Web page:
Turkey’s Erdogan Questions Sanity of France’s Macron over Attitude to Muslims

Turkish President Recep Tayyip Erdogan (L) and President Emmanuel Macron attend a conferen

Turkish President Recep Tayyip Erdogan attacked his French counterpart, Emmanuel Macron, on Saturday saying he needed “mental checks” for daring to criticize Muslims and Islam.

As Breitbart London reported, Macron has spoken out forcefully on Islam and its followers in France after local teacher Samuel Paty was publicly beheaded for showing cartoons of Muhammad in class.

France “will not give up our cartoons”, he said earlier this week, as the entire country rallied around the idea of free speech.

Responding to Macron’s campaign to defend such values – which began before the teacher was murdered – Erdogan asked in a speech: “What’s the problem of the individual called Macron with Islam and with the Muslims?”

The BBC reports he added: “Macron needs treatment on a mental level.

“What else can be said to a head of state who does not understand freedom of belief and who behaves in this way to millions of people living in his country who are members of a different faith?”

In the wake of the remarks, a French presidential spokesman said France’s ambassador to Turkey was being recalled for consultations, and would be meeting Macron.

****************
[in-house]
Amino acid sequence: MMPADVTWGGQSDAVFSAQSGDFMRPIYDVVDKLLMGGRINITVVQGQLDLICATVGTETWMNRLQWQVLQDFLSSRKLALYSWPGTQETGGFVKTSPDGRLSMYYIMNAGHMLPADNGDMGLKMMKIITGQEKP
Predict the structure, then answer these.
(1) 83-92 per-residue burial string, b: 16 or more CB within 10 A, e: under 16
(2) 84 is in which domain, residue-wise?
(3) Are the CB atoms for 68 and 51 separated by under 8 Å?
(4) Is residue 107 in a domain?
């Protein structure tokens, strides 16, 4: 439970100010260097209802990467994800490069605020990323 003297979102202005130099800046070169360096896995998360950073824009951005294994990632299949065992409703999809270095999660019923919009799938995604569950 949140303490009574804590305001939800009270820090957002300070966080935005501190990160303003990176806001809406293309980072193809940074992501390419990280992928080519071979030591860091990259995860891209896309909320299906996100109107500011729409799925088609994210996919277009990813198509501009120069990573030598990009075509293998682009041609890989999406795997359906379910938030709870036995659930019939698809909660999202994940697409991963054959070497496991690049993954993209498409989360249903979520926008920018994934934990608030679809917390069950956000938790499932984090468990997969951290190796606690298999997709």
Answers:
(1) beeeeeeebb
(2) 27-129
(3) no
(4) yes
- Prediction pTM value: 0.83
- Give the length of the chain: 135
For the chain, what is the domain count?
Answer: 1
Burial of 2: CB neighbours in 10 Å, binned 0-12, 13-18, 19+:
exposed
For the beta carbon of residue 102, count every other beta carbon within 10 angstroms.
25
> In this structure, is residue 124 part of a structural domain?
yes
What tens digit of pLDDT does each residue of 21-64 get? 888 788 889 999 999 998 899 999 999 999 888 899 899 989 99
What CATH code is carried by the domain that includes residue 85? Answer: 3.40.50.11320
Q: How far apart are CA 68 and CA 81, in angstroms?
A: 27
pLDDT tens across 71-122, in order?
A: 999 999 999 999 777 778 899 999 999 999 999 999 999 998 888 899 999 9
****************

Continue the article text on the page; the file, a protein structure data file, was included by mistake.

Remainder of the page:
“President Erdogan’s comments are unacceptable. Excess and rudeness are not a method. We demand that Erdogan change the course of his policy because it is dangerous in every respect,” the official was quoted as saying.

The Elysee official, who asked not to be named, also said France had noted “the absence of messages of condolence and support” from the Turkish president after the murder of Paty.

Erodgan is a pious Muslim who has sought to move Islam into Turkey’s mainstream politics since his Islamist-rooted AK Party came to power in 2002.

Earlier this month he warned the world Jerusalem “belongs” to Turkey, harking back to the Ottoman Empire’s control over the city for hundreds of years up until it was ejected in 1917.

The diplomatic spat is latest issue to strain relations between France and Turkey, NATO allies that disagree on a range of geo-political issues, including the civil wars in Syria and Libya, and the conflict between Armenia and Azerbaijan over disputed Nagorno-Karabakh.

France also has sided with Greece and Cyprus in tensions with Turkey over offshore oil and gas drilling in the eastern Mediterranean, prompting criticism from Ankara.

Seven people, including two students, have now been charged over the beheading of French teacher Samuel Paty on 16 October near Paris. A mosque that shared a fatwa video against Paty has also been shut down.

His killer, 18-year-old Abdullakh Anzorov, was shot dead by police shortly after the attack, which took place near Paty’s school.

Follow Simon Kent on Twitter: or e-mail to: skent@breitbart.com


Please let us know if you're having issues with commenting.